As much as I hate Windows, that’s where the gaming is. Obviously there’s no innate reason why gaming and Windows are so closely tied. It’s just the way things are right now: approximately ten years ago when early 3D games like Quake were coming out Windows was the platform. Then, when gamers demanded higher quality graphics and started buying video cards, the platform was Windows.

Now we’re stuck in something of a feedback loop: people will tend toward Windows for games, game makers will tend toward Windows for a platform. The graphics cards and drivers are made with Windows and DirectX in mind. The opportunities for non-Windows games are great, but the risks are too. This is always the case with an unproven market.

So I keep Windows around to play the occasional game. I’d prefer to play in my native environment, but if a movie comes out in Spanish that I want to see, I’ll see it. One such game I look forward to is Valve‘s Portal. It’s a mindbender that involves some nasty physics tricks. Basically, what would happen if you transformed momentum along a two-dimensional axis into momentum along a three-dimensional axis, vice versa, and all sorts of combinations.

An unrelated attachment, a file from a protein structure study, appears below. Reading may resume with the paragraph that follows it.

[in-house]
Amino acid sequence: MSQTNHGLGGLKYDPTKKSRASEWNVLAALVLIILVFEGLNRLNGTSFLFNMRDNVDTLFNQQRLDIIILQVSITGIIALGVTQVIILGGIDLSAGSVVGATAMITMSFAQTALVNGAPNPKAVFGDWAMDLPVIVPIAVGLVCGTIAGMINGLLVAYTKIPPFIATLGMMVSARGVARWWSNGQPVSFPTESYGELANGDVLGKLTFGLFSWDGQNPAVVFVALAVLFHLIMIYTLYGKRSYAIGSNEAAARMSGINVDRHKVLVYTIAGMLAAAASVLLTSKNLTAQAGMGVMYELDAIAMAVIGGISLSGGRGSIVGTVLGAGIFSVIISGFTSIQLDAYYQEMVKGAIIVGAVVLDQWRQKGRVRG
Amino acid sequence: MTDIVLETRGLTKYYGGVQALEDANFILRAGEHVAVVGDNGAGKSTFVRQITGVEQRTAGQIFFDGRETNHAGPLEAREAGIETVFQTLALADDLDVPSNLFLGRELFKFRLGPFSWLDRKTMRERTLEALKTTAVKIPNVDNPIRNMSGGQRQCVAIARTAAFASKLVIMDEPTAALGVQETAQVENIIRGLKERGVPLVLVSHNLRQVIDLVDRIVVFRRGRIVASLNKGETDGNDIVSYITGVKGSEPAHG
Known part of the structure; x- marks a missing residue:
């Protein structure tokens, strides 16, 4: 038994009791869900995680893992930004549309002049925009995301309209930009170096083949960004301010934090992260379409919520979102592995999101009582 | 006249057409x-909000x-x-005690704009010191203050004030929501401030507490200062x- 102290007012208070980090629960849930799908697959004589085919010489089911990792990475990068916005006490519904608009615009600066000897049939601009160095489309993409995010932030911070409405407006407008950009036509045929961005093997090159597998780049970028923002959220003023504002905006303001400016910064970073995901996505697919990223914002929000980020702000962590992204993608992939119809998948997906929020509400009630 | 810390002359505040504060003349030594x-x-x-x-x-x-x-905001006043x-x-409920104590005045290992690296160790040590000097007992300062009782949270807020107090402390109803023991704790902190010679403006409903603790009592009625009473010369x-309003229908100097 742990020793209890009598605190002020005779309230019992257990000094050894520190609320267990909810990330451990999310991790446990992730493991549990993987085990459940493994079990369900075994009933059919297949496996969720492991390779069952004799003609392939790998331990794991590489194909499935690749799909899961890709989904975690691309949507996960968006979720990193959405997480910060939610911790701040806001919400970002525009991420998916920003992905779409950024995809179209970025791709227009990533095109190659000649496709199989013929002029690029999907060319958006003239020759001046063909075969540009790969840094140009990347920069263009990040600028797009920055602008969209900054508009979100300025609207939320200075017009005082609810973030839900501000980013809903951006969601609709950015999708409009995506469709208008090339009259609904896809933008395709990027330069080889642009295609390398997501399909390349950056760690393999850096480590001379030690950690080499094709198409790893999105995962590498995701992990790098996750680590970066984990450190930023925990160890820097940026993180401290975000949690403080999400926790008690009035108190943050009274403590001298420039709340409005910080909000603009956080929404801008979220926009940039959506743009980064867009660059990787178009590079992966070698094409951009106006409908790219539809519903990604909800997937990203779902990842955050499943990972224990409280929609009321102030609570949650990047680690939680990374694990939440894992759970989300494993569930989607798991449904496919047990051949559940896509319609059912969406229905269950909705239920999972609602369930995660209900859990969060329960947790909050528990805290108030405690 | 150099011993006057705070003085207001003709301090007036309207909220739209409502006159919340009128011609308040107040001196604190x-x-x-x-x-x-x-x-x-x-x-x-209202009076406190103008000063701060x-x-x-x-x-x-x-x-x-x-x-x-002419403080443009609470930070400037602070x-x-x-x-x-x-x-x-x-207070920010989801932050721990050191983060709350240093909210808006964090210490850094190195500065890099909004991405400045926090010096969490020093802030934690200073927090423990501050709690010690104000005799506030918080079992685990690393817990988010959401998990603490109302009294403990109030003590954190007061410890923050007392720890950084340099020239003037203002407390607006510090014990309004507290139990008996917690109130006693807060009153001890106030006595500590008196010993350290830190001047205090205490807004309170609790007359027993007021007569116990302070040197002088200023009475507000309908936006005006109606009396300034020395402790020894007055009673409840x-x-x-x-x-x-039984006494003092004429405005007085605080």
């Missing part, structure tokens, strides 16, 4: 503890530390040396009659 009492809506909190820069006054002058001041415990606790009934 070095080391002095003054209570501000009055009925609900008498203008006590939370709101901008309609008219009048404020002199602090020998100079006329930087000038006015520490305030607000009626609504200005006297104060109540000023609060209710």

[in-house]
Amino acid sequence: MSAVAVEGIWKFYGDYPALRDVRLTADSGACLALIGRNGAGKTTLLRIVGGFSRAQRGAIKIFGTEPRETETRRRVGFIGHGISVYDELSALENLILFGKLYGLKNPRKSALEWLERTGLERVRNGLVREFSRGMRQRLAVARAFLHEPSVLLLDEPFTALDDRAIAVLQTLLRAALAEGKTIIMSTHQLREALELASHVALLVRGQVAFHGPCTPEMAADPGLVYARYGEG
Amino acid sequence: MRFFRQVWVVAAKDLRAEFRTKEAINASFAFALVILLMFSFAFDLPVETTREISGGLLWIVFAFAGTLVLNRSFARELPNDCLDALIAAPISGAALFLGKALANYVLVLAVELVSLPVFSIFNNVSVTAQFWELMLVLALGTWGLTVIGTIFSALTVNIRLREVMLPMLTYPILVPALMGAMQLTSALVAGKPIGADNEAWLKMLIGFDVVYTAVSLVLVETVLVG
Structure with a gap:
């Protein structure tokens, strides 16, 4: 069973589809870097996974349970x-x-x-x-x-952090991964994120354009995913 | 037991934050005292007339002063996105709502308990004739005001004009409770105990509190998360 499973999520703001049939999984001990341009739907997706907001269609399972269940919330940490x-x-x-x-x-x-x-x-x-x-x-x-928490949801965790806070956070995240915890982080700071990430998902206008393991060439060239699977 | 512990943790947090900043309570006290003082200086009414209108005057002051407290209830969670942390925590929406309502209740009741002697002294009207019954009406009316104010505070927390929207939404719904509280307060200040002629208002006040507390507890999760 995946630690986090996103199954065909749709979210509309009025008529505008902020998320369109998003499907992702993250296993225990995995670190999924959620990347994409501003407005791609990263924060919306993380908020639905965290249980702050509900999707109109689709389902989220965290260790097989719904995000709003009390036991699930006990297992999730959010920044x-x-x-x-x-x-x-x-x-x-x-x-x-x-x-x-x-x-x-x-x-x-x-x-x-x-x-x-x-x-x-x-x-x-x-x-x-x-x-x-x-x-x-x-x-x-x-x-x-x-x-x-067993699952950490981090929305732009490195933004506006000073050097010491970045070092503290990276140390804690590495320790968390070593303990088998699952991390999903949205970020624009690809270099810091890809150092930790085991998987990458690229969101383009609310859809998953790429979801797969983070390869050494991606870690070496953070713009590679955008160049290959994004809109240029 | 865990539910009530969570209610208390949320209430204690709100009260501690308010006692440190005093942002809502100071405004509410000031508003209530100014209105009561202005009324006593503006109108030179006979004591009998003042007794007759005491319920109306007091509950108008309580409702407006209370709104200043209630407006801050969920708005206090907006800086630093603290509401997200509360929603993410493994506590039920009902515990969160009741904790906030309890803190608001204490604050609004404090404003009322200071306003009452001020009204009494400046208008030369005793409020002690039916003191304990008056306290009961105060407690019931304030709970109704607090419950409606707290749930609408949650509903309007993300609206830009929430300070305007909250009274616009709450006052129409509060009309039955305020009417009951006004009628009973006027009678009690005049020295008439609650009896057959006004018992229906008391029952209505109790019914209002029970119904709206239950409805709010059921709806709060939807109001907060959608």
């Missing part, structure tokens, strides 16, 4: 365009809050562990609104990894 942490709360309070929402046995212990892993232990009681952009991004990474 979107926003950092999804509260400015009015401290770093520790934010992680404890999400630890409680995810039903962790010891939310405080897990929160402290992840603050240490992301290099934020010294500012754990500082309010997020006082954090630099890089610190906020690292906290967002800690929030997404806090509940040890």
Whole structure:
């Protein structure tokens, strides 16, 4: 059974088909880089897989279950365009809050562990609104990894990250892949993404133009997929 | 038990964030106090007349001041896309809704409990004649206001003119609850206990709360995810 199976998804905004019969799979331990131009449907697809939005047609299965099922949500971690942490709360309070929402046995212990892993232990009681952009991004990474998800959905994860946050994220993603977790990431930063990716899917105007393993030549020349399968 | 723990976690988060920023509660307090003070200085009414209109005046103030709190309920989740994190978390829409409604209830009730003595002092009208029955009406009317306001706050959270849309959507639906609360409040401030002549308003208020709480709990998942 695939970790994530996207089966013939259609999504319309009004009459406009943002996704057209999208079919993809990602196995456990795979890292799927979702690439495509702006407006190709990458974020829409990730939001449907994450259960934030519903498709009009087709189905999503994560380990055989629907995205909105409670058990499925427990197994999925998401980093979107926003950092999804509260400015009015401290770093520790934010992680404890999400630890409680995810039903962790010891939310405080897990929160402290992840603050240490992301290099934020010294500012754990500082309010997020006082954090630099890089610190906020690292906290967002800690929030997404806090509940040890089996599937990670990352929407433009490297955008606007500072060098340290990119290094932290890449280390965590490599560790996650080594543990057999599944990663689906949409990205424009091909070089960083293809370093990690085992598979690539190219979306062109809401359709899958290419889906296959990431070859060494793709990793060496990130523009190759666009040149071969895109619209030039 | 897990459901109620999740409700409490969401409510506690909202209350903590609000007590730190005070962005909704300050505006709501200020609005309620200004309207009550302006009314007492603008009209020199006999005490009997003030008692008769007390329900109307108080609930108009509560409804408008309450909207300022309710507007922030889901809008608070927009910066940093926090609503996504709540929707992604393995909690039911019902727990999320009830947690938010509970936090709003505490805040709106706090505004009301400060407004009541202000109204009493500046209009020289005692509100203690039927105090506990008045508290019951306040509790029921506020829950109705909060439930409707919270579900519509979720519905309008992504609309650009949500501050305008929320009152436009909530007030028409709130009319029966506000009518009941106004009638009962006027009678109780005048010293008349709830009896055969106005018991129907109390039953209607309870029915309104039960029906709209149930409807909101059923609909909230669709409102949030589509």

The player has a gun that targets flat surfaces. One firing mode creates an entrance portal, the other an exit portal. You shoot a wall and you can now walk through the wall. If the entrance portal is on a ceiling you’ll be moving at the speed you walked through the portal plus gravity. If you place the entrance on the ground ten feet down and the other next to you then you’ll pop out of the one next to you at the speed of your fall. Etc.

It’s a really interesting and complex concept that sells itself. But I was very happy to happen along its prequel: Narbacular Drop. It’s basically the same thing, except Narbacular Drop uses a less complex engine and was built by a team of then-students. You can download it (win32) here.

The greatest thing about games like this is it really showcases the way that computers become so crucial to entertainment in the future. With a computer-based system you can do things you could never do on a movie set or television show. The possibilities are endless.

I just wish that they would make the buggers gnu/linux compatible.